Lastly, I should mention that with Obsession bows, you have the ability to fully customize your bow. When you buy a bow, you can choose between 31 riser colors, 18 limb colors, nine string colors and three cam colors. This obviously does nothing for performance, but being able to make a bow your “own” is a cool feature.

Obsession FX6 Specs

  • BRACE HEIGHT: 6 inches
  • AXLE-TO-AXLE: 32.75 inches
  • WEIGHT: 4.5 pounds
  • LETOFF: 90 percent
  • PUBLISHED SPEED: 360 fps
  • DRAW WEIGHT: 40, 50, 60, 65, 70 and 80 pounds
  • DRAW LENGTH: 25 to 30 inches
  • FINISHES: Realtree Timber, Predator Deception, Last Leaf Smoke, Last Leaf Ghost, Kryptek Typhon, Kryptek, Highlander, Mossy Oak Bottomland, Mossy Oak Mountain Country, Realtree AP Snow, Realtree Edge, Veil Tac Black, Veil Cervidae, Veil Whitetail, Desert Tan, Moss Green, Black and multiple target colors.
  • MSRP: $999
The author quickly pressed the FX6 to install the peep sight.
The author quickly pressed the FX6 to install the peep sight.

Obsession FX6 Field Testing

One item I noticed right away on the FX6 is that the finish was impressive. Overall, the Mossy Oak Mountain Country worked well on the bow, giving it a topnotch look and feel.

With the bow set up and accessories installed, the FX6 tuned extremely fast. I had to bump the Ripcord Lok in just slightly to tune out the slight tear I was getting on paper. I’m confident that with a little shimming, I would have had the bow shooting bullet holes at the factory centershot setting. As it turned out, I was only a 1⁄16th inside of center, and I was happy with that.

Similar to other speed bows, the FX6 took a little more pull to get it over the hump, but once it broke into the valley, it held there nicely. The bow has a solid back wall, and its 90 percent letoff is simply amazing. It felt like I could hold this bow back forever, which could come in handy for the bowhunter who gets stuck at full draw waiting for the right shot. Being so easy to hold at draw, sighting in was easy and pin gaps were tight. At longer ranges, I appreciated the slightly longer and heavier bow; the combo helped stabilize my shots.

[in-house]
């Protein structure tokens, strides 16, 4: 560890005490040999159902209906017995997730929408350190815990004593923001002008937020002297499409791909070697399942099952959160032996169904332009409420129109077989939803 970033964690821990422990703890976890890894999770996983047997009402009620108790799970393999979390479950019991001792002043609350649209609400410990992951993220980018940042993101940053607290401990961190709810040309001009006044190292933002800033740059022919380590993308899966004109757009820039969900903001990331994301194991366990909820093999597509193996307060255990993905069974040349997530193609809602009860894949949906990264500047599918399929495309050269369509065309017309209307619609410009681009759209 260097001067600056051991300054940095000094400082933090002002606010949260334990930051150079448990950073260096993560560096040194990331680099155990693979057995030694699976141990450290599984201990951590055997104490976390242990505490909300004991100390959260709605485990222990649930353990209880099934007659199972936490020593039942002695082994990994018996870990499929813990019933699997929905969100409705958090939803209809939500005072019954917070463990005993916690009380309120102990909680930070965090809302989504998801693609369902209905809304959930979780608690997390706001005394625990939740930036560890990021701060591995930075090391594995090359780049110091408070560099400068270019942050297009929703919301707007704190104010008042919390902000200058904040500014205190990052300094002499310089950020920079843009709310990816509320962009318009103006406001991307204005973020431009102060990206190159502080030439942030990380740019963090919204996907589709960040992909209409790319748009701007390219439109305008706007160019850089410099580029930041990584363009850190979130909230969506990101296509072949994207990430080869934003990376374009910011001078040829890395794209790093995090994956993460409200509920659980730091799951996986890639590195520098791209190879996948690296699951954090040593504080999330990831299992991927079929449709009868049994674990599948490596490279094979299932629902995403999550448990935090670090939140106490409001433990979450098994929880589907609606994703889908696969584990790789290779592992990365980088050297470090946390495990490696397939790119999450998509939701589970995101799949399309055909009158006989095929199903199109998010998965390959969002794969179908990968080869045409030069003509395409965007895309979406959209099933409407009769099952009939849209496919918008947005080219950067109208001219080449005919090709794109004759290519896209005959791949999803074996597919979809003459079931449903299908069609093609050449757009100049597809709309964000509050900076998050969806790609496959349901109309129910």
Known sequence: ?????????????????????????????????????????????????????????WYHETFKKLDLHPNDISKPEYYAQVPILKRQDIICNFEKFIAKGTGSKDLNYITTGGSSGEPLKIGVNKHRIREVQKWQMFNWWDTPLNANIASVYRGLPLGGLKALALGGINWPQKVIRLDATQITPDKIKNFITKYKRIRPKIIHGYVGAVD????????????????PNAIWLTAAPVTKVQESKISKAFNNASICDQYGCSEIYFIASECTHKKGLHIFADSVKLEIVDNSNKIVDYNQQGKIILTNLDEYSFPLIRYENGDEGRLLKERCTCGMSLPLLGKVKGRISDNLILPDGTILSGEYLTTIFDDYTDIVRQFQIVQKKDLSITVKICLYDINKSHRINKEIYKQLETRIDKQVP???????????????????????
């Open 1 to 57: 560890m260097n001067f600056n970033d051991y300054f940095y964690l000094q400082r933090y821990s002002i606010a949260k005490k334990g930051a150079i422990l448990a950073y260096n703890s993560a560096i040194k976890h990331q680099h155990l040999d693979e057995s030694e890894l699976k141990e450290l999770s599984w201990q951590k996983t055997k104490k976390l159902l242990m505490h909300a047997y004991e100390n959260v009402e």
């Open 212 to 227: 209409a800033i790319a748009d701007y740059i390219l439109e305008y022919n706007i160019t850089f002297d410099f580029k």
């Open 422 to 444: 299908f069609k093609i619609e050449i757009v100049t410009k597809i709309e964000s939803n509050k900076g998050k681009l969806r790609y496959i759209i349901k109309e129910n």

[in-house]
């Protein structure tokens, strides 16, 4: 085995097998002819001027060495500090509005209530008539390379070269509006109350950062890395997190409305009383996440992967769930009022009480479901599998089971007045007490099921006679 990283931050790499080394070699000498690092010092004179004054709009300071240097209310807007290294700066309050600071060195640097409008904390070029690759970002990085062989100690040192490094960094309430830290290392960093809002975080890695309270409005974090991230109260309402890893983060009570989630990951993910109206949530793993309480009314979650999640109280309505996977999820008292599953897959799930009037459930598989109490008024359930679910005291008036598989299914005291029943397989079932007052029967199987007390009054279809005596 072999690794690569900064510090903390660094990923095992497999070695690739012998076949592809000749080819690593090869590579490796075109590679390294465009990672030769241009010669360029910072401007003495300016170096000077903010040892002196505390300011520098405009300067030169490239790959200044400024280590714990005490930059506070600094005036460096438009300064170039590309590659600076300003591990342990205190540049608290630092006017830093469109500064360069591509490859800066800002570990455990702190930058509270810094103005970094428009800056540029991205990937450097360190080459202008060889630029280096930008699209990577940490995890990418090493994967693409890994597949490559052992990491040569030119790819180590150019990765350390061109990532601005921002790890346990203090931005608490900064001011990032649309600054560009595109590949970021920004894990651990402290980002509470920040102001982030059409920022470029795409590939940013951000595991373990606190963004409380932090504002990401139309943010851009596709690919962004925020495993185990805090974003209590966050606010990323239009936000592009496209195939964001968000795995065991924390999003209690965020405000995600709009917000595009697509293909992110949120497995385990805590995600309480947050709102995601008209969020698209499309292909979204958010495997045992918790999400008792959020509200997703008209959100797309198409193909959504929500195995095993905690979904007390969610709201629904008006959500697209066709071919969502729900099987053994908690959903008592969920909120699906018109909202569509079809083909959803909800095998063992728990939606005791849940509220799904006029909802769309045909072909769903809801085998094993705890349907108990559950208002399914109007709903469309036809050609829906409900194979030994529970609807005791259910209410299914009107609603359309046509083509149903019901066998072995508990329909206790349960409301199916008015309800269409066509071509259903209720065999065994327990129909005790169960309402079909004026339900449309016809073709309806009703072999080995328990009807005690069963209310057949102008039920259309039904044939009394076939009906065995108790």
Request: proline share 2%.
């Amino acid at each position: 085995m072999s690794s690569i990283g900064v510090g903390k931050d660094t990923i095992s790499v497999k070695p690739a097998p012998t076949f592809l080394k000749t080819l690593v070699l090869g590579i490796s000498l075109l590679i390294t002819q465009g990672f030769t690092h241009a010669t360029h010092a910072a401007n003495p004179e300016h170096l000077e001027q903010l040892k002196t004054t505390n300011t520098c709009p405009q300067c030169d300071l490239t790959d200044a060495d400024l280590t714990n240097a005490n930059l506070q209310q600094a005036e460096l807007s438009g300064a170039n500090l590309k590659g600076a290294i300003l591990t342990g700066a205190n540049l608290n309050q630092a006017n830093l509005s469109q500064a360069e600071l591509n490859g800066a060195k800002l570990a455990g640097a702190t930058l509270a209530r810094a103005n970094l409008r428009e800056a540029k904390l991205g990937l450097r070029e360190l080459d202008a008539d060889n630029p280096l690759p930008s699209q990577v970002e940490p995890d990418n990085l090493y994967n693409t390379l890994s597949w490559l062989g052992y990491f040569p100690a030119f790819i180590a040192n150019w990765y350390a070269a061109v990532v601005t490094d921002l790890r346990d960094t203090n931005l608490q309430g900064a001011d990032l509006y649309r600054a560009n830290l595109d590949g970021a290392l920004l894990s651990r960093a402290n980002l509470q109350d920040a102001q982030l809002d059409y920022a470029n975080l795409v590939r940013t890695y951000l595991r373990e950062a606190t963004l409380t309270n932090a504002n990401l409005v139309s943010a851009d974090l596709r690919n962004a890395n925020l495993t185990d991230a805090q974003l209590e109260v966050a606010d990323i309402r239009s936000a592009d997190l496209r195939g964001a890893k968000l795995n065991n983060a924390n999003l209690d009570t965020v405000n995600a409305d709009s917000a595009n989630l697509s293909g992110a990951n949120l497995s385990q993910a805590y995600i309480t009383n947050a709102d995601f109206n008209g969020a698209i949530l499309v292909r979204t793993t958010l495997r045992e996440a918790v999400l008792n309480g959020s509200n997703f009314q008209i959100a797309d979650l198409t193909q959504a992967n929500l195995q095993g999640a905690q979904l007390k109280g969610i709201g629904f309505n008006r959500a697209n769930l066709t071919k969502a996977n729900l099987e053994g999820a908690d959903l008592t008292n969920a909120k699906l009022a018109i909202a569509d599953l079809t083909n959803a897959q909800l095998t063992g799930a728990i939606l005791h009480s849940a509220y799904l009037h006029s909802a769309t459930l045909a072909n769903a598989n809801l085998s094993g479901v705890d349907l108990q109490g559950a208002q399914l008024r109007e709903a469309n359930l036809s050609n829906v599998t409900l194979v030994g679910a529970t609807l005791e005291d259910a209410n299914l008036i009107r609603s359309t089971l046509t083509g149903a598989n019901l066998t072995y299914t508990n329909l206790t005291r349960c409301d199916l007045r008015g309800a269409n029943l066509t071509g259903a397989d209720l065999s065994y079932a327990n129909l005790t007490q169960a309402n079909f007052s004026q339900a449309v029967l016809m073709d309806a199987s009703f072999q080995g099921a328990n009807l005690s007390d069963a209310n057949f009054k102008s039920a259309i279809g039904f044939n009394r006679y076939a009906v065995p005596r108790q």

For the speed rating on this bow and how fast it actually shoots, I was pleasantly surprised at the lack of recoil on the shot. Though I did not measure sound, it did seem to have a little more noise than other bows, but I’m really nitpicking to say so.

Final Thoughts

Why we purchase a specific bow is a personal decision. Some of us are after a bow that’s ultra-light, quiet, shootable, fast, etc. We all have our reasons to back our decisions. If you are after a speed bow, there are certain features I mentioned above that you need to be prepared for. It’s likely that a speed bow will be a little louder, have a little more recoil, and be more difficult to draw. Additionally, it may be a little more finicky if your shooting form isn’t outstanding. Still, these two bows are amazing pieces of equipment that shoot well. It’s all about an archer’s personal preference, and to this archer, finding the right bow is half the fun.

Sidebar: How We Test

  • Each bow is set at a 29-inch draw length and 70 pounds of draw weight. The string is equipped with a RAD 3/16-inch peep sight and D-loop.
  • The accessories installed include a Ripcord Lok rest, Black Gold Rush 5-pin sight and a Stokerized stabilizer. Bows are paper tuned and shot, by hand, through a ProChrono Digital Chronograph.
  • Bows are sighted-in from 20 to 60 yards with a 29.5-inch Black Eagle X Impact Arrow, fletched with Vanetec 3-inch vanes and fitted with a 125-grain point for a total weight of 475 grains. All bow work requiring pressing is performed with a Last Chance Archery, EZ Green Press.